in Va 12/10 
case histories are all lost in la la land have to find them


---In EquineCushings@..., <karenmaruszak@...> wrote :

Here's what I am seeing.  He does not move around. If I leave the muzzle off he will graze and move about. The MINUTE I put that muzzle on, he's down.  


Karen Maruszak
 


Thanks for the support Pam.  Taz is off grass completely and really has been except for a few minutes when I was curious if he felt good enough to move around.  He did.  Then I put the muzzle on and down he would go.  He is scary smart.  His back legs are very wobbly but I do see nice improvement in the movement of his front feet.  We cleared a dry lot today and the fence guy is coming Monday so then I can put him in there during the day and night.  He has been in the stall too much because I have grass everywhere, including around the barn.  Another good piece of news:  after 25 days, we are finally off bute.  YIPPEE.  So, one day at a time.  We had a good day today.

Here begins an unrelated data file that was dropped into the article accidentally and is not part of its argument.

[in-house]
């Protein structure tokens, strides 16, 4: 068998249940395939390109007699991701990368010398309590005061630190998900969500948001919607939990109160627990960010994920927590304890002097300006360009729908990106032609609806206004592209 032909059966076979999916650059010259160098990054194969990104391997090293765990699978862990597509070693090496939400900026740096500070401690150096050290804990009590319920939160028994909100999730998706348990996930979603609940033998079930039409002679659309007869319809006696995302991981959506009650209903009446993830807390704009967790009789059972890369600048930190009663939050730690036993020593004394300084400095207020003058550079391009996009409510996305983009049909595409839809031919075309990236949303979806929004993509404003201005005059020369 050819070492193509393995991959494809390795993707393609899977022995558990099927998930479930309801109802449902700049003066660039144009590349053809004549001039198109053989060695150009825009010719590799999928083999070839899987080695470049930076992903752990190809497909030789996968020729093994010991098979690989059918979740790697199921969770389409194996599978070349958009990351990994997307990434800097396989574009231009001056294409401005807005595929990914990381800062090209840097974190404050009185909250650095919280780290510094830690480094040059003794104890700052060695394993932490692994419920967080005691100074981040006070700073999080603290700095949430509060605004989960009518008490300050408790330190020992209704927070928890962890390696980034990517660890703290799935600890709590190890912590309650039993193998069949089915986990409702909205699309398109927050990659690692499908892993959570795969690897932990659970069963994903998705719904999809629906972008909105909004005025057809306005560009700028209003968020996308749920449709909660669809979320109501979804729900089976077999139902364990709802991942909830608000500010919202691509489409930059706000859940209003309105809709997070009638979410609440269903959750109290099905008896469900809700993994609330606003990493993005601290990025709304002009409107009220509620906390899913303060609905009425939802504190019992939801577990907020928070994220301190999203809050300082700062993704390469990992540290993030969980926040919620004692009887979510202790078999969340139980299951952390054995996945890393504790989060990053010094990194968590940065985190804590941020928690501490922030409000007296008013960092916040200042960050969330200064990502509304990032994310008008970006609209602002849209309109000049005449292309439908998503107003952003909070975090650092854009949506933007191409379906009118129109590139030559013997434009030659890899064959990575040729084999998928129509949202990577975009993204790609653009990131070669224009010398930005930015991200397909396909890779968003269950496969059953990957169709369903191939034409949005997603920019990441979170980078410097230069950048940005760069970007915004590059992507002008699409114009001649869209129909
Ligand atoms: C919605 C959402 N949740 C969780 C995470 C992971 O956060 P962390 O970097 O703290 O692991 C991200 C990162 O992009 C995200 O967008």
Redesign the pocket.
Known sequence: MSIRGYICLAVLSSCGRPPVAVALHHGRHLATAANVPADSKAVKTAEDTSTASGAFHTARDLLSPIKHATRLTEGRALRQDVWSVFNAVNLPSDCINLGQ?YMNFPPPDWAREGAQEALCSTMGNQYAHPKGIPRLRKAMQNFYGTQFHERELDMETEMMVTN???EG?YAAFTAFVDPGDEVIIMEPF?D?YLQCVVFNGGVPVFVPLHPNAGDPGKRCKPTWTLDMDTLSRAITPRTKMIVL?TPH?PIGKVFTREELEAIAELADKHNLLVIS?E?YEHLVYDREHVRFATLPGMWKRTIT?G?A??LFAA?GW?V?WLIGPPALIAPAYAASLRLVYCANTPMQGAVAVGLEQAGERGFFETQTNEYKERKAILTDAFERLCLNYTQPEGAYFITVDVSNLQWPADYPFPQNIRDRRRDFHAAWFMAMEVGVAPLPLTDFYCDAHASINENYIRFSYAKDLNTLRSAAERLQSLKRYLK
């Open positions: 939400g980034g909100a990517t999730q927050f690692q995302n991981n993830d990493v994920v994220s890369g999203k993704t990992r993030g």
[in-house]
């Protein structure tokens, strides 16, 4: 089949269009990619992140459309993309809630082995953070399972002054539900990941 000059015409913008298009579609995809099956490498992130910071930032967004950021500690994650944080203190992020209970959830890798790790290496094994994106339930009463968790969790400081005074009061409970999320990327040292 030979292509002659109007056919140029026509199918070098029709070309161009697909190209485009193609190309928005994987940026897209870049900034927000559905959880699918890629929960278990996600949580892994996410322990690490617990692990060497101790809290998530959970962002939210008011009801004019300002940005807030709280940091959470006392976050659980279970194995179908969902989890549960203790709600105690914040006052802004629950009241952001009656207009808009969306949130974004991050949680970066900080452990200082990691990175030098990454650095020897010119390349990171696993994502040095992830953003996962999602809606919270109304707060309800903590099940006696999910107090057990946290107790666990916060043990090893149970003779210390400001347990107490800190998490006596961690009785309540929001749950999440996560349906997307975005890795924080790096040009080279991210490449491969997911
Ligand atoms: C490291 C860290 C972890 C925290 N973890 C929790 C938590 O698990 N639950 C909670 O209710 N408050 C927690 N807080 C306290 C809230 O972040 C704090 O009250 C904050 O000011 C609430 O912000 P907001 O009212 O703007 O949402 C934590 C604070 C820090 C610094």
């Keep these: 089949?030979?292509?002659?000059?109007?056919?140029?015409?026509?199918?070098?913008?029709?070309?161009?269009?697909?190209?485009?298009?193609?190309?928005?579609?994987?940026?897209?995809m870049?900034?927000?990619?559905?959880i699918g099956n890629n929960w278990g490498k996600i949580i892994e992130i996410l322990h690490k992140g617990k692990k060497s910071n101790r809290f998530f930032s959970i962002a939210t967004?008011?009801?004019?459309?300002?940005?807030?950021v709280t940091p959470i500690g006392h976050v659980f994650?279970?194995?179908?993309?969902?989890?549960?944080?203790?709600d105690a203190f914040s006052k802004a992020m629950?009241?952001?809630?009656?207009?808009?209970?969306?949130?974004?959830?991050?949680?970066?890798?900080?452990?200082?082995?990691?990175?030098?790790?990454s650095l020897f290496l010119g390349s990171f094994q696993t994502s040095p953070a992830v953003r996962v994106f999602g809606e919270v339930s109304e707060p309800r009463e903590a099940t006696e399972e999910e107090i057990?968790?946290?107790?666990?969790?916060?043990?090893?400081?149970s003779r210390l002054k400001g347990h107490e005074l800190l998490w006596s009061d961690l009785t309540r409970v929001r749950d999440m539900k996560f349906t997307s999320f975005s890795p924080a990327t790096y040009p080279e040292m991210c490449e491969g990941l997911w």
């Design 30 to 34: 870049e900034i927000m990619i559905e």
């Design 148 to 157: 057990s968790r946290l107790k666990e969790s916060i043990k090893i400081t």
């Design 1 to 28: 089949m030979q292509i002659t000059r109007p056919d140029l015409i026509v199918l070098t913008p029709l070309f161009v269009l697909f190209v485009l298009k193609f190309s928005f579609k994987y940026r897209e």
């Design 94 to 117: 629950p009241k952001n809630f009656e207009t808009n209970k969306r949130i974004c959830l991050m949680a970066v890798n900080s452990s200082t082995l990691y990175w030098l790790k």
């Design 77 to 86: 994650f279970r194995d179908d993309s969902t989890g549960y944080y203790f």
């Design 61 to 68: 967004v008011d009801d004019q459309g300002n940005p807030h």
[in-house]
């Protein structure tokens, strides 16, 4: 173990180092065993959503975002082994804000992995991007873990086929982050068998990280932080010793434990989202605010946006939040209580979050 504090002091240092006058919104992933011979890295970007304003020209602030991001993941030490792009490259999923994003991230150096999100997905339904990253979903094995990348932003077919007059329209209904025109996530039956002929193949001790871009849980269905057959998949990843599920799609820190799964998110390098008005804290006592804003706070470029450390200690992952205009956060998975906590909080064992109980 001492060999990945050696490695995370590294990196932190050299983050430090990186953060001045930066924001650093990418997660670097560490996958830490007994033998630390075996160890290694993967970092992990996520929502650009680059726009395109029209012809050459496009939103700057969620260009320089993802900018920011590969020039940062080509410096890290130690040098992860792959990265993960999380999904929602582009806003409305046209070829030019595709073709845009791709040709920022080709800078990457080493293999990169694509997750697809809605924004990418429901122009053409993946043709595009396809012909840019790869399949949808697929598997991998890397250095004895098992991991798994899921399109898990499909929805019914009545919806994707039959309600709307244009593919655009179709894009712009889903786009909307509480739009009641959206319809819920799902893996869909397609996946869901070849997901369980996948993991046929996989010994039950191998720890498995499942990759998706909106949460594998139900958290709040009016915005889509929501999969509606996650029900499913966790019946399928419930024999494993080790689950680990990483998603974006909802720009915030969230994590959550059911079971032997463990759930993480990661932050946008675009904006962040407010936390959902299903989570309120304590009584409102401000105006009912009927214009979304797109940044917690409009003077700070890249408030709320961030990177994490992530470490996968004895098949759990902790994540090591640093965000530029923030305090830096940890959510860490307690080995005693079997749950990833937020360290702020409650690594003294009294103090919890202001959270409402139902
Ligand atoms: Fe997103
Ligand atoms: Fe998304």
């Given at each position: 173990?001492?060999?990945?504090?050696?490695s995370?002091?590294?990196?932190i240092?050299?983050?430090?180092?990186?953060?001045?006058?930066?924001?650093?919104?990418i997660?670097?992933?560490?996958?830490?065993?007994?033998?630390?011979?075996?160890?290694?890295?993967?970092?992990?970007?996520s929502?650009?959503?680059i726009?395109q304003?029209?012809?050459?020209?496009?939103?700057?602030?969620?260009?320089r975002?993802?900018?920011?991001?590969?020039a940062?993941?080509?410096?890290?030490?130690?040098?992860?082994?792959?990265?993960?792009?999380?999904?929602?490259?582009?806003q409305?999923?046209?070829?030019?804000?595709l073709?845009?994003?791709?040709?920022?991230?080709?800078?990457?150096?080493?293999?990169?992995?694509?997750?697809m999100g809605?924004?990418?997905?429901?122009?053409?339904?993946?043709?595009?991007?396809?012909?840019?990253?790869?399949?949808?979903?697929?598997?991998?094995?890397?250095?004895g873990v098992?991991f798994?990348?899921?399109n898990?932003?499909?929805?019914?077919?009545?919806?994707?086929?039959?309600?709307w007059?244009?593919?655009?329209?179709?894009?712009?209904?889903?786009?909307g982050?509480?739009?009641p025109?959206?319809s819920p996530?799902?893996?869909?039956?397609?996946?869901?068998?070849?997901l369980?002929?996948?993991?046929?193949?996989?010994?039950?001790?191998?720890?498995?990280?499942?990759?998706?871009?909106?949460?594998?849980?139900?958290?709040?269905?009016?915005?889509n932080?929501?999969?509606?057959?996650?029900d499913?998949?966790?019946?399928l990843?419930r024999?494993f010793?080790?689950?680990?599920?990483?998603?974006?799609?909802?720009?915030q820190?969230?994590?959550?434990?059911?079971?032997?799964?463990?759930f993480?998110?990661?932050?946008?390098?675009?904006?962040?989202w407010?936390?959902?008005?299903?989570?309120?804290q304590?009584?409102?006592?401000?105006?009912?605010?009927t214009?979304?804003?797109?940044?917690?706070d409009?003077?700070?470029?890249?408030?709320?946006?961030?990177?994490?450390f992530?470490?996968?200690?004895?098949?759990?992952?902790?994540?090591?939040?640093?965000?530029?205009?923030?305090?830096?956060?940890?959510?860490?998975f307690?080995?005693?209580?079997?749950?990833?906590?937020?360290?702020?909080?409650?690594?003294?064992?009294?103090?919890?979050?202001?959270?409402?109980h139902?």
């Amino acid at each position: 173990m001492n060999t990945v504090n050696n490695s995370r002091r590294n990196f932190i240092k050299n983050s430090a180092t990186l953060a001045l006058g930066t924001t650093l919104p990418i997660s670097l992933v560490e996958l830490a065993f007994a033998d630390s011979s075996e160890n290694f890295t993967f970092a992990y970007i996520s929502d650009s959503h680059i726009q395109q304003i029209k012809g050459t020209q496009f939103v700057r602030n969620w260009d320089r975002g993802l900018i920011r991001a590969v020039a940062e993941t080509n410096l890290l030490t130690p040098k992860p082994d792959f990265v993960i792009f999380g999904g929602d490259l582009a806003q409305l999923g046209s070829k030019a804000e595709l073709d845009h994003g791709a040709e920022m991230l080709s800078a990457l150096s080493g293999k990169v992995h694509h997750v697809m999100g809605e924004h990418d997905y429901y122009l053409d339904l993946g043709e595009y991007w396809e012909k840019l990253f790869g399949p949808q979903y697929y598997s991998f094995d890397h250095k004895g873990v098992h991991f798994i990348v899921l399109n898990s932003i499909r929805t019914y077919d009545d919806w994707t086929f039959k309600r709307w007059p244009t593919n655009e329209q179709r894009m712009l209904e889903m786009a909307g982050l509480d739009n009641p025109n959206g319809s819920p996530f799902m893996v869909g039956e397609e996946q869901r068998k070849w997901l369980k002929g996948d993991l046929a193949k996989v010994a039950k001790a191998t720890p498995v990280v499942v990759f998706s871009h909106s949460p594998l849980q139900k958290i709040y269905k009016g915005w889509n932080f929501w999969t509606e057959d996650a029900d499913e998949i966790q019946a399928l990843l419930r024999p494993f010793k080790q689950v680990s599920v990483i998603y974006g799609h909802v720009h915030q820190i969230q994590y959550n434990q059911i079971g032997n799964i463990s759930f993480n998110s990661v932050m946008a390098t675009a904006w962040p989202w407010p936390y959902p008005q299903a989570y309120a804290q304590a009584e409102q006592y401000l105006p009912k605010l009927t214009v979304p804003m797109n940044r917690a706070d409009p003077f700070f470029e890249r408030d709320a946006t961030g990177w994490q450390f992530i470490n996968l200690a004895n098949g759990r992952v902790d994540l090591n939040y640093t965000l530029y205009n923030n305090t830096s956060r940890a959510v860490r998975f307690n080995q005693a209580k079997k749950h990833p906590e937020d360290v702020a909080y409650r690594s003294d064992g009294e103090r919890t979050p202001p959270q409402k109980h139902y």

Karen/Taz

Beverly Hills, FL

2/2014